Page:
*cheap ginormous batteries can even out the peak/demand load unbalance that works against solar/wind generation.


No, it's a case of one dude entirely motivated by profit and lying about not being able to find domestic investment.
 
2022-10-01 12:24:01 AM  
I'd bet US oil companies probably did everything in their power to prevent this form of battery being developed in the US. If so, you can blame the developer from going elsewhere?
 
2022-10-01 12:55:51 AM  

dyhchong: More importantly, is this something that could realistically go in my garage?

1/10 of the energy density doesn't matter if it's the size and shape of a shelving unit in the corner and costs half as much.


Probably not, for safety / regulatory reasons. You don't want one of these to spring a leak and dump a tank of toxic chemicals down your storm drain. It will probably stay at large scales where you can afford to hire staff to do maintenance and keep an eye on things.
 
2022-10-01 4:33:56 AM  
That's a lot of juice for one location, but 100MW isn't that much. By comparison, Cal just had it's worst September heat wave on record and (distributed) battery power kept us from having rolling blackouts.

'During a critical peak the evening of Sept. 5, when the grid was quickly approaching capacity, California's batteries provided more power - over 3,360 megawatts - than the Diablo Canyon nuclear power plant, the state's largest electric generator, which tops out at 2,250.'

https://www.latimes.com/opinion/story/2022-09-13/california-electric-grid-batteries-heat-wave-september-2022

Call us when you have a few dozen hooked up, China.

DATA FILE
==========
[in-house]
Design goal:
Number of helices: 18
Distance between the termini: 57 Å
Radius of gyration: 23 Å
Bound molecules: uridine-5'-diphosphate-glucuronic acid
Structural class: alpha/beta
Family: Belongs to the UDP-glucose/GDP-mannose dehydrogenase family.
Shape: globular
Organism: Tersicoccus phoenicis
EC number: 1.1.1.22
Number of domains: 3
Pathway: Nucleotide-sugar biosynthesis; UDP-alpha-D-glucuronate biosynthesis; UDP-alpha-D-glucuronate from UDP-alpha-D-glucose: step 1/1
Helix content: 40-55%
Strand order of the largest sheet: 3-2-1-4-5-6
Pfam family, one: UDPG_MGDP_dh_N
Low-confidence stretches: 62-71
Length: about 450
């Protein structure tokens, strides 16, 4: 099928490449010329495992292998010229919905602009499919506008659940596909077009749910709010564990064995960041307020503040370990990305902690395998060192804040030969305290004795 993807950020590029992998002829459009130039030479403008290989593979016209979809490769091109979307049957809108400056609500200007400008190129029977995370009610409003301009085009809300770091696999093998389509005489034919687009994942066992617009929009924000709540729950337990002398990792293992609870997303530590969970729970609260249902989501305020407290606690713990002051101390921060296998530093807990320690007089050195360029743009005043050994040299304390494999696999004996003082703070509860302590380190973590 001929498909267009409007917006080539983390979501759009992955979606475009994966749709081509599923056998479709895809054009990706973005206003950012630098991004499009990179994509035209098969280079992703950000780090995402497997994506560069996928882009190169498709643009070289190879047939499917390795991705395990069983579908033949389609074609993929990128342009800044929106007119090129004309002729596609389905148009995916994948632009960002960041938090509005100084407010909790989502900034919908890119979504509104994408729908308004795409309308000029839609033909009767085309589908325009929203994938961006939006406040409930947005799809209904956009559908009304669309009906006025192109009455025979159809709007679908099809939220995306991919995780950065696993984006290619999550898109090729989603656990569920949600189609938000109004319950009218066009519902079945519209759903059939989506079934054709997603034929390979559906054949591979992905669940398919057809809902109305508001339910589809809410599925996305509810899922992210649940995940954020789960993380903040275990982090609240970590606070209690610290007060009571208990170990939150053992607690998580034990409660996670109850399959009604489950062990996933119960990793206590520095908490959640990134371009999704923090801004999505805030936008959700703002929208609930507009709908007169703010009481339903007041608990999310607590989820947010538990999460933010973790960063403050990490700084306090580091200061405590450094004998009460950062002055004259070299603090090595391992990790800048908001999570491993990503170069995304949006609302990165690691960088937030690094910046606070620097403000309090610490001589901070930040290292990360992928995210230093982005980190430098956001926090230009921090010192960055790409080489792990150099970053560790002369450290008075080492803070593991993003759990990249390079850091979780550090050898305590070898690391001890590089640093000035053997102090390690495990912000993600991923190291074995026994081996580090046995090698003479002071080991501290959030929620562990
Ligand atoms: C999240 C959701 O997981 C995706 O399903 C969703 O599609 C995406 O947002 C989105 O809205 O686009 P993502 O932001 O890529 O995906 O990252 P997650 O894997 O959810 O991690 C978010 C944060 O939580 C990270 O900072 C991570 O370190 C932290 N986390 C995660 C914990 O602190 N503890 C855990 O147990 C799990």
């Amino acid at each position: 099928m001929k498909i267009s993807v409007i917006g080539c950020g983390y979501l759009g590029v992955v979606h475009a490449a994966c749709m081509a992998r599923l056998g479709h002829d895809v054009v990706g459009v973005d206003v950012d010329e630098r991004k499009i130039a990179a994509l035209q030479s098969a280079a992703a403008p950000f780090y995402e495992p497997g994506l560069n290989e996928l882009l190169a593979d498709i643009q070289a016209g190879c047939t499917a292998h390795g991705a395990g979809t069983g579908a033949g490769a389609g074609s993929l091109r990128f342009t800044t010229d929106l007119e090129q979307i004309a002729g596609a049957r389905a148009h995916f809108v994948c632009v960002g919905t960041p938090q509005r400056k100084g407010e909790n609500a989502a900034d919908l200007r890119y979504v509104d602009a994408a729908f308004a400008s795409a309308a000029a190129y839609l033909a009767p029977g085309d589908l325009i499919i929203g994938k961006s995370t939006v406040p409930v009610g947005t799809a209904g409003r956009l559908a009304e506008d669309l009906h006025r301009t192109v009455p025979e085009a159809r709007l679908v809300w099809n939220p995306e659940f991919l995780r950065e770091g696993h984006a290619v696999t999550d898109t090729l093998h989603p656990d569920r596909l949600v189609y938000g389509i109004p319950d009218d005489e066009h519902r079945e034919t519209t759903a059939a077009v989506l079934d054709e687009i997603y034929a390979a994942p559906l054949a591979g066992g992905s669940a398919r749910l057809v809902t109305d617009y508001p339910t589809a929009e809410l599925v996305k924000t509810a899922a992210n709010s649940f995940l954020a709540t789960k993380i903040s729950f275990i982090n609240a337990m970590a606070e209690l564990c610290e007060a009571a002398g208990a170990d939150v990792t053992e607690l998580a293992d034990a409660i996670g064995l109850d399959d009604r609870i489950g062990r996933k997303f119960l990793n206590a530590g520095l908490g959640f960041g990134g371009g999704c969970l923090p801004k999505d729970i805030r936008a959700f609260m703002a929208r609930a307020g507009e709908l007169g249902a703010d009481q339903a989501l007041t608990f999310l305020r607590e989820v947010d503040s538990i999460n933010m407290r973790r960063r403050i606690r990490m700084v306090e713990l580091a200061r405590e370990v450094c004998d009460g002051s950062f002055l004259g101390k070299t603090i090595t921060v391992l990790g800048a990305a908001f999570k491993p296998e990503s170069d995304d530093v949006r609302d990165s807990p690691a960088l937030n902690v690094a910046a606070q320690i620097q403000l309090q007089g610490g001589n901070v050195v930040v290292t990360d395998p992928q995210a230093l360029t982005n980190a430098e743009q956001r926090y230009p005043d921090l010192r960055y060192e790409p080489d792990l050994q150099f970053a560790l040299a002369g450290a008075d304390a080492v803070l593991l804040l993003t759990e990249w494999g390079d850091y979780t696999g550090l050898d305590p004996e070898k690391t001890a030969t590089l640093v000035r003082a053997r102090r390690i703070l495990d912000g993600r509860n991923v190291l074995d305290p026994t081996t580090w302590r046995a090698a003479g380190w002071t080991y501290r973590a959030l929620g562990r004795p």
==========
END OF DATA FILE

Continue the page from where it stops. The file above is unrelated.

2022-10-01 5:51:59 AM  
A company called redflow makes flow batteries that some people are using for home use.  They weight about a ton and are about the size of few file cabinets. They would be about the same area as a tesla battery but in a more cubical format.  The problem is they can't do 24x7 power because they have to do cleaning process.  Once the fluid is charged, it can be stored for a very long time.
 
2022-10-01 7:29:25 AM  

phishrace: That's a lot of juice for one location, but 100MW isn't that much. By comparison,


We just need something good enough that you can put it next to a solar farm so it can charge from solar during the day and release that power over the night, but without the limited charge cycles you get with lithium ion batteries.

You can't replace fossil fuel power plants with solar until you have battery tech good enough to keep the power on when the sun isn't shining.
 
2022-10-01 11:27:30 AM  

jaytkay: $15 US million to help China reduce carbon emissions is a bargain


Yea and developing technologies in America is a great thing to do and I hope we do more of it
 
2022-10-01 12:31:35 PM  
Since the answer to everything energy in the US is to burn more fossil fuels this technology is not needed. Where are they going to use it? America's arsehole (in relation to America's dick, and the amount of methane emitted)? Nuh-uh! Texas has a world-beating grid, second to none, and has no need of such witchcraft!